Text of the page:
Although the towns of Vire and Flers were within driving distance, and we did go in to Fler for one (amazing, excellent, delicious) dinner on Saturday night, the cool thing about staying in a gite is the ability to cook in. And even if you’re not the best cook, I’d highly recommend giving it a go with all the fresh French ingredients at your fingertips. Being in cow country, I am unashamed to admit I lived off of butter, milk, yogurt and of course CHEESE almost the whole holiday.
Besides cooking amazing food with fresh ingredients, most of the time in Normandy was spent on country walks. One of the most eventful was a long, long walk to see the Vire Gorges.
I think most people probably drive around the countryside to see views of the gorges- they are pretty far apart. Since it was the last day of my youth, I decided to celebrate my young, not-yet-fatigued bones with a walk. It was gorge-ous (Haha!). At first.
The views are truly breathtaking- I don’t think pictures can do the lush countryside justice. They can, however, show the clouds that gathered on our long walk.
By the time we reached Pont Bellenger, which has amazing views of the Vire valley, the clouds looked, as they say in England “proper” scary. It was too late to turn around, though. We’d committed, for better or worse.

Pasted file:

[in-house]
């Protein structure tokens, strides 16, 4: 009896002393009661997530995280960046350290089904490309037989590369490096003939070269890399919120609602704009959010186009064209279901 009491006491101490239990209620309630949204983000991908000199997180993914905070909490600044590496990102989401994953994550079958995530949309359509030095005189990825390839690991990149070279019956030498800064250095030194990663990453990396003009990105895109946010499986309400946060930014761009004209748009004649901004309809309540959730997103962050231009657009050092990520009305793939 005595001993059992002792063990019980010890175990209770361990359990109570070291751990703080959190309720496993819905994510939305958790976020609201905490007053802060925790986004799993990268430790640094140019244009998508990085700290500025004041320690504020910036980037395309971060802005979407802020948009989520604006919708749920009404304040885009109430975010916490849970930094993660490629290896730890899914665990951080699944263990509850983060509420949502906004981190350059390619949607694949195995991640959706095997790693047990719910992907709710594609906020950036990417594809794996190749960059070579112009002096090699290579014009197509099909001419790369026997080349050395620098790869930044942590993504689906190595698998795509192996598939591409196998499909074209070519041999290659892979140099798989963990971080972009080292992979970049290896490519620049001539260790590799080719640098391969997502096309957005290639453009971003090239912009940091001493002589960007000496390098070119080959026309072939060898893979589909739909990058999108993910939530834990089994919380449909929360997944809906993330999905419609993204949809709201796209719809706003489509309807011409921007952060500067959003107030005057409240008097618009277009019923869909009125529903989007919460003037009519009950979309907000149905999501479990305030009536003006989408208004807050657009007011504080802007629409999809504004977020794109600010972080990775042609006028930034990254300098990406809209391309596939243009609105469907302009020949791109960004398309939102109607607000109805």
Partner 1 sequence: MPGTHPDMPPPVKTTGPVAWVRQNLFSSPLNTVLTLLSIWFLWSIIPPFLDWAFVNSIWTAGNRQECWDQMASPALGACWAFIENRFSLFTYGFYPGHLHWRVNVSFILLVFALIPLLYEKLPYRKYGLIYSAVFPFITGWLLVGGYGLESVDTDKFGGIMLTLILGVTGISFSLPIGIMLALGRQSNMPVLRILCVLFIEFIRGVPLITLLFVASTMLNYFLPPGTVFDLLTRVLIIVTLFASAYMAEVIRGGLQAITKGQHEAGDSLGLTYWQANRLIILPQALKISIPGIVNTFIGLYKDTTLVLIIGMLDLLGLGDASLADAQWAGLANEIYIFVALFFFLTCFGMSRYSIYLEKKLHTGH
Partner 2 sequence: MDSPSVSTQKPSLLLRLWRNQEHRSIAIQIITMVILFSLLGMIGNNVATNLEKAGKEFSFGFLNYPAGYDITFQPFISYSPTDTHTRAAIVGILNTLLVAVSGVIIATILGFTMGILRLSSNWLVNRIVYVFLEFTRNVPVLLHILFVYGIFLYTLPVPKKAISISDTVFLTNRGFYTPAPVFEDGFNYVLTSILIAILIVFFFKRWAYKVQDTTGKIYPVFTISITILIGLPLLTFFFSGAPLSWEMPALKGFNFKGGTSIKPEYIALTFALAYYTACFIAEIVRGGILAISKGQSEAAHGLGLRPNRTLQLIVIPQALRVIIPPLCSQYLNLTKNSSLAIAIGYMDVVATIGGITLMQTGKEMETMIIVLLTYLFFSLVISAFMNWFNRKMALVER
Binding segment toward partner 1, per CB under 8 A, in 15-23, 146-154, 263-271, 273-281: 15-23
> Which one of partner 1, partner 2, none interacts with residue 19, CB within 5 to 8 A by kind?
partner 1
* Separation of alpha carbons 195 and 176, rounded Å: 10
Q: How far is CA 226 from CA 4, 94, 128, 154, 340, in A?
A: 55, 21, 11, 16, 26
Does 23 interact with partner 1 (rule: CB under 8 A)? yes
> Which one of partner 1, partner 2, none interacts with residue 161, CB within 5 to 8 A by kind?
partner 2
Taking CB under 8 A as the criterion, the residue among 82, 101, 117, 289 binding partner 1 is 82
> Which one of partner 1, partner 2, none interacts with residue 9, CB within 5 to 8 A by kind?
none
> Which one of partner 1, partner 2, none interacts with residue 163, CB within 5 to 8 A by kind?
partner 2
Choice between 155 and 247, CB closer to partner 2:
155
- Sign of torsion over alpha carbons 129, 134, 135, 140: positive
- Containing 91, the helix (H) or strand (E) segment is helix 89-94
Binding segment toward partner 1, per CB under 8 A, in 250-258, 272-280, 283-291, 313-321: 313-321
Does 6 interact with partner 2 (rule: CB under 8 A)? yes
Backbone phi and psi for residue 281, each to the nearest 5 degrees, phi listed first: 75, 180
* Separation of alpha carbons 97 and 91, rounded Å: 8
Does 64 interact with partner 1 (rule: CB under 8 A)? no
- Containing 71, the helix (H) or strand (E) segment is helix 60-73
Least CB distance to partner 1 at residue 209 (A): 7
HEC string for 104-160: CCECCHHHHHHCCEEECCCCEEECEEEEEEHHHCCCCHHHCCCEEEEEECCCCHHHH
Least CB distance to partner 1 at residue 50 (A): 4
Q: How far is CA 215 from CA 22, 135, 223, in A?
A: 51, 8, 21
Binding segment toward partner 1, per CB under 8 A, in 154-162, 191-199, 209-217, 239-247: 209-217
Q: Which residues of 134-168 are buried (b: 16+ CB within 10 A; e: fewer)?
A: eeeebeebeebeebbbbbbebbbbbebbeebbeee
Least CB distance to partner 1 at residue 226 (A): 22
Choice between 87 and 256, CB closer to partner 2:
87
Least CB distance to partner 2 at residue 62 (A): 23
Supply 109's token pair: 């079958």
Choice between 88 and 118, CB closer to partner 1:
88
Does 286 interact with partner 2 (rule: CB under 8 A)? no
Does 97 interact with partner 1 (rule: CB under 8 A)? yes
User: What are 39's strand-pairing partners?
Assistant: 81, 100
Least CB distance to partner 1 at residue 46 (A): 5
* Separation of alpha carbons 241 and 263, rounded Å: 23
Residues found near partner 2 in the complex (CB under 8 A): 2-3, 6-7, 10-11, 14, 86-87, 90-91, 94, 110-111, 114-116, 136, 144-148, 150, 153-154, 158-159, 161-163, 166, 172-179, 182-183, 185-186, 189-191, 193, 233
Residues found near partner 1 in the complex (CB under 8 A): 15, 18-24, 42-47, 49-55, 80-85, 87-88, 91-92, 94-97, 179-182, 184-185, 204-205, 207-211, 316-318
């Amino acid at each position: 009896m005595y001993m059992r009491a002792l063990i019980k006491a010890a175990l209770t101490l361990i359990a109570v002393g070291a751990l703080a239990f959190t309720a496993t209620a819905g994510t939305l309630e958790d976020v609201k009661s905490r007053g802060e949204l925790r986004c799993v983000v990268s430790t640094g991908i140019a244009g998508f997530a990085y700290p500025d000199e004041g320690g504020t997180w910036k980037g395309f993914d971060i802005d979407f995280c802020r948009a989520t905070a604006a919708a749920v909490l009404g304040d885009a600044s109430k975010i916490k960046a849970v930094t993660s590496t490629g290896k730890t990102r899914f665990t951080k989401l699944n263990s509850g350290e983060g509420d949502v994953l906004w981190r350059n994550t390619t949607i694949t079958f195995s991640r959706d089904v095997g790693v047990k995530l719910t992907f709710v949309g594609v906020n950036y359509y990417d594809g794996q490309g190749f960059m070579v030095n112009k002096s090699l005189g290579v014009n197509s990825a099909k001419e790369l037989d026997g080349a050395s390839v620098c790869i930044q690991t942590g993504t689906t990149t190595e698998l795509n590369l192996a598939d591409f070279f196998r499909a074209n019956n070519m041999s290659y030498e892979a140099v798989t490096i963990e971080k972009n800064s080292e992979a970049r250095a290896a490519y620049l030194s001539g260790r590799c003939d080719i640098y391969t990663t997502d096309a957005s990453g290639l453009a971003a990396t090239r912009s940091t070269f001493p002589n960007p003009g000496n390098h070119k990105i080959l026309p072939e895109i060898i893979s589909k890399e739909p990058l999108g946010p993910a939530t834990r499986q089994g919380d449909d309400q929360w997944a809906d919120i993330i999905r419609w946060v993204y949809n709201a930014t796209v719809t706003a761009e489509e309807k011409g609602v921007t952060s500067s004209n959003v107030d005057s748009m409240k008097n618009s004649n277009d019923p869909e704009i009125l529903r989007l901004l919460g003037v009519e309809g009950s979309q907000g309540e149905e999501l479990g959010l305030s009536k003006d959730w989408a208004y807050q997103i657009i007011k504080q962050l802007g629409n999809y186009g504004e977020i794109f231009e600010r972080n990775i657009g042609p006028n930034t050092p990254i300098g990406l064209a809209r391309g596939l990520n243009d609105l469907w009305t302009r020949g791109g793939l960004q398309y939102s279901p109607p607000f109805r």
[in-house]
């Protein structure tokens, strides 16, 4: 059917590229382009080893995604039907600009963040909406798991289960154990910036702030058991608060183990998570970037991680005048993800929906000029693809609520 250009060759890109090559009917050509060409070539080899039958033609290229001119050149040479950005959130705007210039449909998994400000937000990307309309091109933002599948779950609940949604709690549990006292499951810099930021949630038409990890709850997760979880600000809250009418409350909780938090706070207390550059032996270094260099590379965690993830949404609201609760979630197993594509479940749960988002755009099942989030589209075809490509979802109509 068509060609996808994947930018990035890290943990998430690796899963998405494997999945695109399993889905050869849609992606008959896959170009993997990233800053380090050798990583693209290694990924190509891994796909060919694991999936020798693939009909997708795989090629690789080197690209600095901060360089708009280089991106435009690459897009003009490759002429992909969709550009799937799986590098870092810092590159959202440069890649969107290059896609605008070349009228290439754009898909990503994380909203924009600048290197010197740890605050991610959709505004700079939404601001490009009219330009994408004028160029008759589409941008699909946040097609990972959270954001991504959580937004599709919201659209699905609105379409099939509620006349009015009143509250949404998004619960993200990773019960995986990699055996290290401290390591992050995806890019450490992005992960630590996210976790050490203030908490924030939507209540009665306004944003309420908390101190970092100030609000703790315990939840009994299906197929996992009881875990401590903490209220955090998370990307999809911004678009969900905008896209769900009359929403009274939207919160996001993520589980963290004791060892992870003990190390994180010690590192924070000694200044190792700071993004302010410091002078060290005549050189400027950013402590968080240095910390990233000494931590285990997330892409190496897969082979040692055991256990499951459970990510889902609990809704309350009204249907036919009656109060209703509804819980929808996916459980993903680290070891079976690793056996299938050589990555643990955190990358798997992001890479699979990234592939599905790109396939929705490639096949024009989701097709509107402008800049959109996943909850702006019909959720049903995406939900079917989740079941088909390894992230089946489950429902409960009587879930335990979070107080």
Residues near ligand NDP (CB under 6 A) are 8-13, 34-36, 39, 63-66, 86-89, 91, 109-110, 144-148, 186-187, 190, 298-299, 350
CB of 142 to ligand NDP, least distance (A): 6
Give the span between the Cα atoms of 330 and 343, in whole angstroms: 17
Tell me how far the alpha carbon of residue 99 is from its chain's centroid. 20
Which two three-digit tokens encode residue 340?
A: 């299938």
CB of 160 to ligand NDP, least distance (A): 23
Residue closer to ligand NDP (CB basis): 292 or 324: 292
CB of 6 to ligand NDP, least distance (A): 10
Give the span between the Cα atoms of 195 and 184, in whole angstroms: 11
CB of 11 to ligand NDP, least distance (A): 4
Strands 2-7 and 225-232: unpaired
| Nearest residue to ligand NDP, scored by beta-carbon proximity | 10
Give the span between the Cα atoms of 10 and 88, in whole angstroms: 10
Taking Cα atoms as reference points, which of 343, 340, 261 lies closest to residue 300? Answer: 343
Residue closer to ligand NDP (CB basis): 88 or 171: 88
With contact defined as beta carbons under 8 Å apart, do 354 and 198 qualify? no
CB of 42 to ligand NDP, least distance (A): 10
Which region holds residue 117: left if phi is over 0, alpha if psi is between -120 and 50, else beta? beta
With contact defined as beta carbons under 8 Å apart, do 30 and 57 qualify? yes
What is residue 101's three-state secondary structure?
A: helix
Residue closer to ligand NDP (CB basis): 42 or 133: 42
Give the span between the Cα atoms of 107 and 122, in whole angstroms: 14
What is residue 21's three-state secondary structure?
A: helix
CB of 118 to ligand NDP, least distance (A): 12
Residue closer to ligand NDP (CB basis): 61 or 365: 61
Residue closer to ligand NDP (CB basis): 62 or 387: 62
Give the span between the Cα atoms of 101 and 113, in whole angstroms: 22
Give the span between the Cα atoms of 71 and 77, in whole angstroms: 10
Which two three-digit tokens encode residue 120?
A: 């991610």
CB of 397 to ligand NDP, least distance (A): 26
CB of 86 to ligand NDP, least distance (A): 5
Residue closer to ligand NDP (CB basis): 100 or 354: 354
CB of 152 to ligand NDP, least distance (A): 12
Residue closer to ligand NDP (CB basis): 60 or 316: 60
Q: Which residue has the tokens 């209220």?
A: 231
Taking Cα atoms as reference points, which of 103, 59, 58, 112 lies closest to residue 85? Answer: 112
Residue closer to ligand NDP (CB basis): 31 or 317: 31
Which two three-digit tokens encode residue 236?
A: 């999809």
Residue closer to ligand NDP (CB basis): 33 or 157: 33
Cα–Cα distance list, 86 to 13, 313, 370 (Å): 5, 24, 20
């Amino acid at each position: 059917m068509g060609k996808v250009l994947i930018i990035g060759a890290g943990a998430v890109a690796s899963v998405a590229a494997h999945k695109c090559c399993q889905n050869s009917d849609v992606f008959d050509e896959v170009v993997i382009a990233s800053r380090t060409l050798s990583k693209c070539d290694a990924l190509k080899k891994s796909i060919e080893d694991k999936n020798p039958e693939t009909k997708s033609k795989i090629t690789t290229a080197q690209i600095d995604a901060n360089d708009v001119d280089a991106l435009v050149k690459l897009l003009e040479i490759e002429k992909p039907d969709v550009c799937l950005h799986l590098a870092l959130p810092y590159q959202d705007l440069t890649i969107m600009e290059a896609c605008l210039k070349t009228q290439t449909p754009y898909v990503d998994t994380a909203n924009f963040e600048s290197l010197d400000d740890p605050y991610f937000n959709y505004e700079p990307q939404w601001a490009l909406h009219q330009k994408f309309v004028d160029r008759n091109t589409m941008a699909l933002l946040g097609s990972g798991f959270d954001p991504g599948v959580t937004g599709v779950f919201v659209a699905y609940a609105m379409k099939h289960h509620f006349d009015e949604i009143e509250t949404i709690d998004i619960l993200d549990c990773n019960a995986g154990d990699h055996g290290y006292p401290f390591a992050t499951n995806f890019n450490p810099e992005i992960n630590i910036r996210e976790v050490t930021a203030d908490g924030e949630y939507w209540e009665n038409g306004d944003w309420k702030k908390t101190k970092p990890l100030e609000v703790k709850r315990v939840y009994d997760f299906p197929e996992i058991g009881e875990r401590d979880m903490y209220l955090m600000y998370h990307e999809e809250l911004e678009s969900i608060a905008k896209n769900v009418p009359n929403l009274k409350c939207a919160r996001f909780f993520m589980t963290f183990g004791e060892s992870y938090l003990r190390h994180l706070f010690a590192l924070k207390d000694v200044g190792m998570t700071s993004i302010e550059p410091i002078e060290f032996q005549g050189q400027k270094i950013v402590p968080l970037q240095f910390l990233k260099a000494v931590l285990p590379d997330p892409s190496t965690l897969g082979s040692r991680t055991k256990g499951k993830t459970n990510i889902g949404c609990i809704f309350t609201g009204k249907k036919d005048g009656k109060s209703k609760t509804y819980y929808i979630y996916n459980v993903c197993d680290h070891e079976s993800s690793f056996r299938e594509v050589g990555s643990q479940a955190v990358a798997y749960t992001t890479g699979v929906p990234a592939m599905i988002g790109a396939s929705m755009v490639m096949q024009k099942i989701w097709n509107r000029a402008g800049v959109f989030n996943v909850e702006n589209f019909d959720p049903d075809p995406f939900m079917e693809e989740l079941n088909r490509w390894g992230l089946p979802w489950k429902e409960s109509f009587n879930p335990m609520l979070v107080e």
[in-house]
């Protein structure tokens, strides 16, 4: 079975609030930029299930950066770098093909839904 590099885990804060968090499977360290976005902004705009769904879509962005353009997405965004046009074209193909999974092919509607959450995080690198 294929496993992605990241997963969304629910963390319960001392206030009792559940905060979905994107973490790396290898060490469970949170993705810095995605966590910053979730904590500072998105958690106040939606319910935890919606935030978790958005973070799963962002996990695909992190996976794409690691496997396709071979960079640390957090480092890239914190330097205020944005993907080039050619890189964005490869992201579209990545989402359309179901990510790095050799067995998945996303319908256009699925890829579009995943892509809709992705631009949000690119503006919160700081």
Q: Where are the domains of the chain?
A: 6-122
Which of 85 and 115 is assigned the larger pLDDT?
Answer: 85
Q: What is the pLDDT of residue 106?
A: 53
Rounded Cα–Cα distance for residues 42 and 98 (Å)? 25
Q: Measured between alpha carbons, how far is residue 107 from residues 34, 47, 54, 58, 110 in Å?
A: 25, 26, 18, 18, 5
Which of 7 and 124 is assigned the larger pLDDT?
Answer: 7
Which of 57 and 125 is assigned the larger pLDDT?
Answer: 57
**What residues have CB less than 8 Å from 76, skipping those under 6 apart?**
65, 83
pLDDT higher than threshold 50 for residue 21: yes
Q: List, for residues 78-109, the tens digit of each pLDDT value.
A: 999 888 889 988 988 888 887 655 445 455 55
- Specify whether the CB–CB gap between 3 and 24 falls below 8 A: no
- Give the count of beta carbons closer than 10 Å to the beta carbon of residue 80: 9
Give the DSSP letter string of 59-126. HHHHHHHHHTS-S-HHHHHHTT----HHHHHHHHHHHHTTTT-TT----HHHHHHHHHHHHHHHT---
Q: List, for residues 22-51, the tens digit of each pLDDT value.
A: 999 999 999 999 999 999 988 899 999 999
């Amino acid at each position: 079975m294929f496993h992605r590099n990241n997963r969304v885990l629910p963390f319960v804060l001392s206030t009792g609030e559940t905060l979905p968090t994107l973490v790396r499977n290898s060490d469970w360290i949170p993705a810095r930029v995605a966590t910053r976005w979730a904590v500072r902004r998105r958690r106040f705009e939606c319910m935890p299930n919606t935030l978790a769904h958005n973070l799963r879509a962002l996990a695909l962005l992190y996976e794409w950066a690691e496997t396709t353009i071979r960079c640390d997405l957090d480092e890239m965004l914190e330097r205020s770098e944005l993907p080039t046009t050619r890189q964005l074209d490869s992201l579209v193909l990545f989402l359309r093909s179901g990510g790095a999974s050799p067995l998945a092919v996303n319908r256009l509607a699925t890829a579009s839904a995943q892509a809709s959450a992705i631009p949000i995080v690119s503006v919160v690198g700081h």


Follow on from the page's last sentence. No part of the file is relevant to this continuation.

The sky opened up and for the five kilometer walk back to the car, we were thankfully snowed on, for the most part. The rain only started once we descended the hills, close to the car.
The next day (my birthday!) dawned bright and sunny. After a refreshing run through the rural roads, and a stop off at a French cemetery (you who have followed the blog for a long time know I have a thing for French cemeteries) we headed to the American Cemetery at Omaha Beach.
I probably seems strange, wanting to go to such a place on one’s birthday. But I’ve always been so interested in the world wars- blame my early love of American Girl dolls- and being in what felt like the heart of so many WWII battles just stoked my interest even further.